Quick, before anyone mentions apples, saskatoons or partridge berries, think of the fruit that grows in 10 provinces and 2 territories. Rhubarb. Not native to Canada, but an early import that liked its chilly new terroir, Rheum rhabarbarum has staked out a place in Canada’s culinary scene, old-fashioned, and contemporary. Before anybody corrects me by saying rhubarb is botanically a vegetable, it is, but usage has quite rightly shifted its rosy and green stalks to the fruit side.
On the old-fashioned and fruit side, count the number of rhubarb pie (rhubarb’s nickname is “pie plant”), cakes, muffins,crisps, cobblers, conserves, jams, chutneys, sauces and nectars that have filled Canadian cookbooks from the 19th century. As for the now scene,with its emphasis on local and seasonal, chefs have embraced the stalks to showcase them as cold soups, compotes, white chocolate trifles, tarts and sorbets. And rhubarb that had a reputation a little like zucchini as in “Whatever am I going to do with all this rhubarb”, now sells for $5 a bunch at my local farmers’ market, and nobody bats and eye as they buy two bundles, just enough to make a pie, one pie. Saints preserve us!
Of all the rhubarb recipes that have passed through my kitchen over the years, the one that stands out is called “Lunar Rhubarb Cake”. As a freelancer I was working on a rhubarb and strawberry story for the 1982 special interest publication, Canadian Living Summertime Cookbook Special with friend and mentor, home economist Sandy Hall. We were discussing various rhubarb cake options when she recalled a cake her mother-in-law made every spring. Adapted to Canadian Living Magazine and tweaked for our tastes, we tested and approved the recipe. I was struck by its appearance.
A rather generous sprinkle of brown sugar and butter over the top baked into the cake, and pitted in a way that looked a moon landscape. Ta da! Lunar Rhubarb Cake.
The recipe was published, and within weeks, Lunar Rhubarb Cake recipes popped up in publications from weekly local newspaper to big city dailies and in the following rhubarb season, national magazines like Homemakers. The recipe was always virtually the same, as was the wording about why this homey cake got its name. Then the whole moonscape cake thing died down. But last spring The Cookbook Store (Toronto foodie centre) announced a new rhubarb cookbook featuring more than pies, and guess what! Among the cakes, Lunar Rhubarb Cake. All I can say is that a good recipe gets around. Here it is again – in case you missed it back then.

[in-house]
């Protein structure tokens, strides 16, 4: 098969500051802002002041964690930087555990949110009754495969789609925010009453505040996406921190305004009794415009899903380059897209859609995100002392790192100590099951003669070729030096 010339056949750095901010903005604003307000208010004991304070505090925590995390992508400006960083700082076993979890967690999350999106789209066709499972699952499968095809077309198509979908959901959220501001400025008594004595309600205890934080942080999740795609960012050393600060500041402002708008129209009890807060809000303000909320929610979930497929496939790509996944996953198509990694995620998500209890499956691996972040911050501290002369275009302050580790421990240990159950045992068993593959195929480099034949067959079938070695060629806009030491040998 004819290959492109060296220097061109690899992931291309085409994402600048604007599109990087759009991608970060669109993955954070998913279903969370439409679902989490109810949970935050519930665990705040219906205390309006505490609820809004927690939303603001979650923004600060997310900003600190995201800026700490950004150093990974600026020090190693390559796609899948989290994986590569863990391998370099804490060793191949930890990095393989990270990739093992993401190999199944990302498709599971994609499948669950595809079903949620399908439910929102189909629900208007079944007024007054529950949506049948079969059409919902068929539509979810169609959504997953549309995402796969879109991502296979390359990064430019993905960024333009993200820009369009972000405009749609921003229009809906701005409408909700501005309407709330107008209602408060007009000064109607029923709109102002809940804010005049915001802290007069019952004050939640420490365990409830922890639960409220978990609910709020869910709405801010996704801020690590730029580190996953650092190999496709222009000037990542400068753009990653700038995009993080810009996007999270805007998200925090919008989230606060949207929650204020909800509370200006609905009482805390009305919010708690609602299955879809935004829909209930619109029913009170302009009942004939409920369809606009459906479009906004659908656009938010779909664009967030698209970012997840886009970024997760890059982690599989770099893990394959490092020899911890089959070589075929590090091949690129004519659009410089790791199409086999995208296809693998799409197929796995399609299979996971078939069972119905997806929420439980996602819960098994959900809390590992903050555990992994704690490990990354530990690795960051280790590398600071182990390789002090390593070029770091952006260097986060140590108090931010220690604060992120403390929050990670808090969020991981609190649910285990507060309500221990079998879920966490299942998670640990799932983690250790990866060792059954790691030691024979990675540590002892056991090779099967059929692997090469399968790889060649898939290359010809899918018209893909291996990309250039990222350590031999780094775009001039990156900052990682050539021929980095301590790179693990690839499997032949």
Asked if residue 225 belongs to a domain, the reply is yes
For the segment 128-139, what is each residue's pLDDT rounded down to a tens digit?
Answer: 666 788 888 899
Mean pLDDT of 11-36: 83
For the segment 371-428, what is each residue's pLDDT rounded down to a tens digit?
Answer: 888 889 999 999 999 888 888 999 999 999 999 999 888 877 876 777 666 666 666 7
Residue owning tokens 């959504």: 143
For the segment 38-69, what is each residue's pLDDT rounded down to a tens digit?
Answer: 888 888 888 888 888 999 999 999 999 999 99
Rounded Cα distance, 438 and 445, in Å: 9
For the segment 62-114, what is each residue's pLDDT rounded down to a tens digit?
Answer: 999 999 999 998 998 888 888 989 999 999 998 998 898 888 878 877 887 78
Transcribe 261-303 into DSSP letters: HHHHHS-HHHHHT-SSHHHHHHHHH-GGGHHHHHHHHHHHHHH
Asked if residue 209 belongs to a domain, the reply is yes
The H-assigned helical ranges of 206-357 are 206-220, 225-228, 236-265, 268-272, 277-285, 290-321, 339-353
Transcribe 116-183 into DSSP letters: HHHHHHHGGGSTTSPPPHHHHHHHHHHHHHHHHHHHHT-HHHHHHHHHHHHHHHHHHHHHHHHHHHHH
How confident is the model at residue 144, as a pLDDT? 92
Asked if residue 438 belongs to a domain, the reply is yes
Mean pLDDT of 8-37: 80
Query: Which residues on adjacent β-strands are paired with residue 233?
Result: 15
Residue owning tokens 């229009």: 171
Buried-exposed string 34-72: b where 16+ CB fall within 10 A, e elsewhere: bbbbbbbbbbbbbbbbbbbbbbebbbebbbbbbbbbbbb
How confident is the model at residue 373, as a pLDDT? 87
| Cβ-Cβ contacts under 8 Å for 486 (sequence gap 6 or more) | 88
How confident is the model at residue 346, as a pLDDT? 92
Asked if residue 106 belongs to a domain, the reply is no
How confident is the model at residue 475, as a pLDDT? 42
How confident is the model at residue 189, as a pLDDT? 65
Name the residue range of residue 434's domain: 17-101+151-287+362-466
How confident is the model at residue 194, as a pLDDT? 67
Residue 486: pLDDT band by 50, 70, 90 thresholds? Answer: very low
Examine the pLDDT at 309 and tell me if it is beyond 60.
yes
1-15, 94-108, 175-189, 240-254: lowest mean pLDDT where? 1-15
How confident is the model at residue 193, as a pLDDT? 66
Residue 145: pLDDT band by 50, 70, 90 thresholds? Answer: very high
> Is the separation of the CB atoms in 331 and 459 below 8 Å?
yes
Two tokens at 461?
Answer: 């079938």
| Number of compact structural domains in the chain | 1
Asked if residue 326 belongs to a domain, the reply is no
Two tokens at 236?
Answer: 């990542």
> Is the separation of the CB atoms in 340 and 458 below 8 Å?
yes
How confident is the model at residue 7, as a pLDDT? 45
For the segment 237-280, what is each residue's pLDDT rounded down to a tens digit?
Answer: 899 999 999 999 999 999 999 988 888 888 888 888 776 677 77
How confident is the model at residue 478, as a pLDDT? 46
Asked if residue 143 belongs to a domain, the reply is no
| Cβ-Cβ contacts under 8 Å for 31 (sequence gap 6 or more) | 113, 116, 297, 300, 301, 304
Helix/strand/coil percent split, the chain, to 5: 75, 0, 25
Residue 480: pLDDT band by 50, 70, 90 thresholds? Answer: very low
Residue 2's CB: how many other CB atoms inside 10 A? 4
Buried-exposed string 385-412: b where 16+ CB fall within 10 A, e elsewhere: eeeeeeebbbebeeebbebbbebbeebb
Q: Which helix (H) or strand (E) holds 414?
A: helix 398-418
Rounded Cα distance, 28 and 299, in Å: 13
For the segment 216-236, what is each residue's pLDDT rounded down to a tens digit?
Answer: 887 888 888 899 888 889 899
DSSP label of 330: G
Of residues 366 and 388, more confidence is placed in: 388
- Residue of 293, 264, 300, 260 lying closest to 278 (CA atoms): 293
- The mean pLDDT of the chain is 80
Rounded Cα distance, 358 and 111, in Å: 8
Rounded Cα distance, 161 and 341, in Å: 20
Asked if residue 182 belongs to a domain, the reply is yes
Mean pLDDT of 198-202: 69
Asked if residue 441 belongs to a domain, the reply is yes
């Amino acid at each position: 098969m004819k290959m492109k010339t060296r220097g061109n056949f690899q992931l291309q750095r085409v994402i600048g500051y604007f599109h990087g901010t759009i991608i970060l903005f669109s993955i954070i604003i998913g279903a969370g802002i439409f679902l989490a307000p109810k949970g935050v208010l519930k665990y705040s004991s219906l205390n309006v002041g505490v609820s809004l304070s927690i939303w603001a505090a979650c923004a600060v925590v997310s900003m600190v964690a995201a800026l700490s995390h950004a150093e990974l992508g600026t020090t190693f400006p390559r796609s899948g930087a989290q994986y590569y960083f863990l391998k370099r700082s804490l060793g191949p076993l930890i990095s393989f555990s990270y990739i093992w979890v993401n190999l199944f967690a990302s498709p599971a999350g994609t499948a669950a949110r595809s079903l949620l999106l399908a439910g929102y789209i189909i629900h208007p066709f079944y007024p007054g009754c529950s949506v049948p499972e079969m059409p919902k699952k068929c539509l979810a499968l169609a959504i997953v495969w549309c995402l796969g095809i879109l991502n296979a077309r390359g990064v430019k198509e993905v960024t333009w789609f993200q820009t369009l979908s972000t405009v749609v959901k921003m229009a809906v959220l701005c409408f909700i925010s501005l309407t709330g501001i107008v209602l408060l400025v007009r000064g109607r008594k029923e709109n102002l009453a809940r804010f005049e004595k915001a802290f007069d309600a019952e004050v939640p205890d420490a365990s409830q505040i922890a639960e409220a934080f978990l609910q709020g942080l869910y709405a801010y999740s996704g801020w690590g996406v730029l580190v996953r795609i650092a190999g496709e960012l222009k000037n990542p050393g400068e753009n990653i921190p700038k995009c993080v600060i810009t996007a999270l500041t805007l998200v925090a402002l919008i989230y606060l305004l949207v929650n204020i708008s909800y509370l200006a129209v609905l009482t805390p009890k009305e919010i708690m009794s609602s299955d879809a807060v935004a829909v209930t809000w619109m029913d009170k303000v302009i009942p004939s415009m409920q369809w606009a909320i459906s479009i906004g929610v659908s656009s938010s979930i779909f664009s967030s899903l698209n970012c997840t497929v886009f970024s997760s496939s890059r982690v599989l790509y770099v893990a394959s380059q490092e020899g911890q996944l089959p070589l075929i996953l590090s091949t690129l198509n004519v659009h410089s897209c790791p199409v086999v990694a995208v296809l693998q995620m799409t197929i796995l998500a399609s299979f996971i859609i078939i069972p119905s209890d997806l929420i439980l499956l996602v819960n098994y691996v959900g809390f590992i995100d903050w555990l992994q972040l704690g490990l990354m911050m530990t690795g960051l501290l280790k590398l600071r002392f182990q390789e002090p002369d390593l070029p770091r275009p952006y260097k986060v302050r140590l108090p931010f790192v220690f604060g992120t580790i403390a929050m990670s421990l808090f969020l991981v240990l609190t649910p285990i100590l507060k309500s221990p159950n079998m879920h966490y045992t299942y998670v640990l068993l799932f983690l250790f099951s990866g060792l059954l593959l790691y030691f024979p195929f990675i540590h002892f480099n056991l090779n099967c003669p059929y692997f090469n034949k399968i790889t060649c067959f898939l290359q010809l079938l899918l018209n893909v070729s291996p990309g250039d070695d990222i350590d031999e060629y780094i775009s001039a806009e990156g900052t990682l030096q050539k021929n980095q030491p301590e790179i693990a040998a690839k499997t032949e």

Lunar Rhubarb Cake
As for all cakes, let the butter, egg and buttermilk come to room temperature before making the batter. Set the oven rack is in the centre of the oven, and preheat just in time to put the cake in the oven.
1/2 cup (125 mL) butter, softened
1-1/2 cups (375 mL) granulated sugar
1 large egg
1 tsp (5 mL) vanilla
2 cups (500 mL) all-purpose flour
1 tsp (5 mL) baking soda
1/2 tsp (2 mL) salt
1 cup (250 mL) buttermilk
2 cups (500 mL) chopped rhubarb (1/2-inch/1.25 cm pieces)
1 cup (250 mL) firmly packed light brown sugar
2 tsp (10 mL) ground cinnamon
1/4 cup (50 mL) butter, softened
. Line 13- x-9-inch (3.5 L) metal cake pan with parchment paper or butter thoroughly but lightly. Set aside.
. In a large bowl, beat the butter and sugar until well mixed and fairly smooth. Add the egg and vanilla; beat until smooth.
. Set aside 1 tbsp (15 mL) of the flour. In a separate large bowl, whisk together remaining flour, baking soda and salt. Add to butter mixture alternately with buttermilk, making 3 additions of these dry ingredients and 2 of buttermilk.
. Toss rhubarb with remaining flour. Spoon over the batter and fold in. Scrape into the prepared pan, smoothing the top.
Lunar Topping: In bowl, mix together sugar and cinnamon. With a fork or pastry blender, work butter into the sugar mixture until crumbly. Sprinkle evenly over the batter.
. Bake in the centre of 350°F (180°C) oven until the lunar topping is pitted and crusty and a skewer inserted into the centre comes out clean, about 45 minutes. Let cool on rack.
. Makes about 16 servings.
Tip: While you can cover and store the cake for up to 2 days at room temperature, it is best made and served the same day.
Rhubarb Nectar aka Spring Drink
At the recent opening of photographer/professor Mike Robinson’s “Daguerreotypes, Past and Present” at Campbell House Museum in Toronto, volunteer historic cooks served “Spring Drink” as part of a 19th century reception menu of savory and sweet dishes. “Spring Drink has gone by many names, “Rhubarb Nectar” being one of my favourites as it describes so well the essence of spring rhubarb in every sip. The drink is easy to make, stores well in the fridge and is handy to pour over ice and serve with a spritz of sparkling water or soda water.
Volunteer Vi Cardella and I chopped 2 lb (1 kg) rhubarb to make 7 cups (1.75 L). The rhubarb went into a large non-aluminum saucepan with 7 cups (1.75 L) water. We brought the mixture to the boil, covered, and simmered it until the rhubarb broke down, timing from when the mixture came to the boil, about 4 minutes. We let it cool before straining it through a fine sieve. We could have made the drink clearer had we lined the sieve with dampened cheesecloth. One cup (250 mL) granulated sugar was stirred into the rhubarb liquid, and we heated it until the sugar dissolved and cleared. It went into the fridge and was served cold with chilled sparkling water for a drink that guests deemed totally delicious. A nice surprise for people who don’t expect to be drinking rhubarb.
Note for Rhubarb Lovers: Only the stalk is edible.